Travelling Omnomnivore

Join me on my travelling and nom nomming adventures!

“The loveliest castle in the world”

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In the southeast corner of England, just over 70km from London, one of the loveliest castles I have ever visited lies surrounded by a serene moat and utopian parklands. This is important to know because, confusingly, Leeds Castle is actually situated in county Kent, and not in the city of Leeds as you would reasonably expect. Leeds (the city) is, in fact, in the midlands of England close to York, almost 400km northwest of Leeds Castle.

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Like Stratford-upon-Avon, there are multiple companies offering combination day tours to Leeds Castle from London, also taking in Canterbury Cathedral and the white cliffs of Dover. Some even include a visit to Greenwich in London itself. While this is fair and good if you’re short of time, I would highly recommend spending a bit more time enjoying Leeds Castle and its surrounds – either a dedicated trip there, or an overnighter in the southeast of England, taking in some of the other sights while you’re there.

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If there is one thing I feel I should impress upon my readers, it’s this: far better to visit fewer places but visit them well, than to tick multiple places off a list but struggle to remember them later.

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Construction of Leeds Castle was begun by a Norman baron around 1000 years ago during the reign of William the Conqueror’s son, Henry I. Since then, it has passed through several hands and been both a royal residence as well as a private stately home. You can read more of the history of the place at the official website. The moniker of “loveliest castle in the world” was bestowed by Lord Conway. But I’ll let you be the judge of that. Just excuse the scaffolding necessary for preservation works that was present on the day that I visited.

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Built on an island in the middle of the River Len, part of the magic of Leeds Castle is in being able to capture its reflection in the still waters.

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Then there is the drawbridge that you pass through to get into the grounds, and several portcullises throughout the estate. Like being in a fairy tale!

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You can even circumnavigate the castle by going punting on the river. I did not attempt this, but imagine it would be quite some fun trying to squeeze your boat through archways like these ones.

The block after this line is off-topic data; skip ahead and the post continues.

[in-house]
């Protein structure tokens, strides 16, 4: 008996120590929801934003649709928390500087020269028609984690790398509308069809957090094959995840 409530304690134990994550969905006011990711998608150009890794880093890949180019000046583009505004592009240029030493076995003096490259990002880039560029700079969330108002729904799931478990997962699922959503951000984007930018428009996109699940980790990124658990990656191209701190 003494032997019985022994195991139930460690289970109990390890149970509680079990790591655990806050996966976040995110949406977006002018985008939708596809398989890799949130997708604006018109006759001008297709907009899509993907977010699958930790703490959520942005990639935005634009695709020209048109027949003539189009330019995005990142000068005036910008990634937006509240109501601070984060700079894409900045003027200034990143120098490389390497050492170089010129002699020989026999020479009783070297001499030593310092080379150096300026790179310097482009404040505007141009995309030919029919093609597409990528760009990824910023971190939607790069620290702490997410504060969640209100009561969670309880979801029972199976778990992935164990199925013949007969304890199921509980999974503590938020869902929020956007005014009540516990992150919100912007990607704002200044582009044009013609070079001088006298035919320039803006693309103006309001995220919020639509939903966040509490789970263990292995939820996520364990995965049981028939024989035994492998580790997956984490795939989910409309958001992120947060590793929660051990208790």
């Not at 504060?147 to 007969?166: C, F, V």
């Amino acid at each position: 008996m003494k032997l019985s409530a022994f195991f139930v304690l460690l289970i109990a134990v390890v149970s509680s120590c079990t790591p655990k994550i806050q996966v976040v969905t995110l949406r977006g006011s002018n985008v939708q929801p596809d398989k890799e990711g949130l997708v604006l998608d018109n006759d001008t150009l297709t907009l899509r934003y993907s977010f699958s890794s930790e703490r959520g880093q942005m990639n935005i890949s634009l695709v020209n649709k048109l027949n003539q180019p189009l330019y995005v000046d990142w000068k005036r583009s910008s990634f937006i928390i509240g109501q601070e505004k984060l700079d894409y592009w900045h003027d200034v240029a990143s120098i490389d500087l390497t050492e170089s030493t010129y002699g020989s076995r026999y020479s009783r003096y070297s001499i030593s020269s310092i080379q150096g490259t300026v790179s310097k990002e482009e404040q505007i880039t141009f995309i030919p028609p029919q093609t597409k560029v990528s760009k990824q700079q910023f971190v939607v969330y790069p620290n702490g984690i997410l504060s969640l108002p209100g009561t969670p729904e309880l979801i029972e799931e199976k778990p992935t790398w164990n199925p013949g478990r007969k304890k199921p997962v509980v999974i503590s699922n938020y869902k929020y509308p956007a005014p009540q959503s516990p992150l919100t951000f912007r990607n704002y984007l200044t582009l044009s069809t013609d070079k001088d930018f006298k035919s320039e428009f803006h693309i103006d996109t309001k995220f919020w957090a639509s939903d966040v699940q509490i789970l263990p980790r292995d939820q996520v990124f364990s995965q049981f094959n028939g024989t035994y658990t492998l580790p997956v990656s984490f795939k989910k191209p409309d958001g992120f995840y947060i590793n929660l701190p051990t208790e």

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Of course you should visit the castle interior.

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But I think the best bit is just wandering all over the expansive parklands studded with age old twisted trees, weeping willow and well tended flower beds as well as decorative vegetable beds. These are complemented and enhanced by the surrounding body of water. Water, I find, always adds tranquility to a beautiful landscape.

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Note the couple in the distance enjoying a leisurely stroll

In the grounds, there are ducks, swans and peacocks freely roaming together. I love this next photo, which reminds me of the story of the ugly duckling.

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Black swans are not unique to Perth after all

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Apart from the castle, there are also 2 playgrounds, a maze and underground grotto, a gatehouse, falconry displays, and somewhat out of left field, a dog collar museum.

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The gatehouse

You can stay on the castle grounds in stables that have been refurbished to the highest standards. The venue can also be hired for weddings.

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Getting there:
The easiest way is probably to drive here – 1hr on the M20 motorway from London.
If you’re taking the train, it’s just over 1hr from London Victoria to Bearsted, where you can take a coach shuttle service to the castle. See here for details.

Opening times:
Open daily except 8-9/11 and 25/12.
April to Sept – 10.30am-6pm, last admission 4.30pm.
Oct to March – 10.30am-5pm, last admission 3pm.

Tickets:
£19 adults, £16 senior citizens/students, £11 children 4-15 years, free for infants under 4.
For an extra £5, you can upgrade to an annual pass.
Tickets can be bought online here.

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Do you agree that Leeds Castle is one of the loveliest castles in the world? As I have princess syndrome, I am always on the lookout for great castles to visit. Where else would you recommend, both in the UK and elsewhere?

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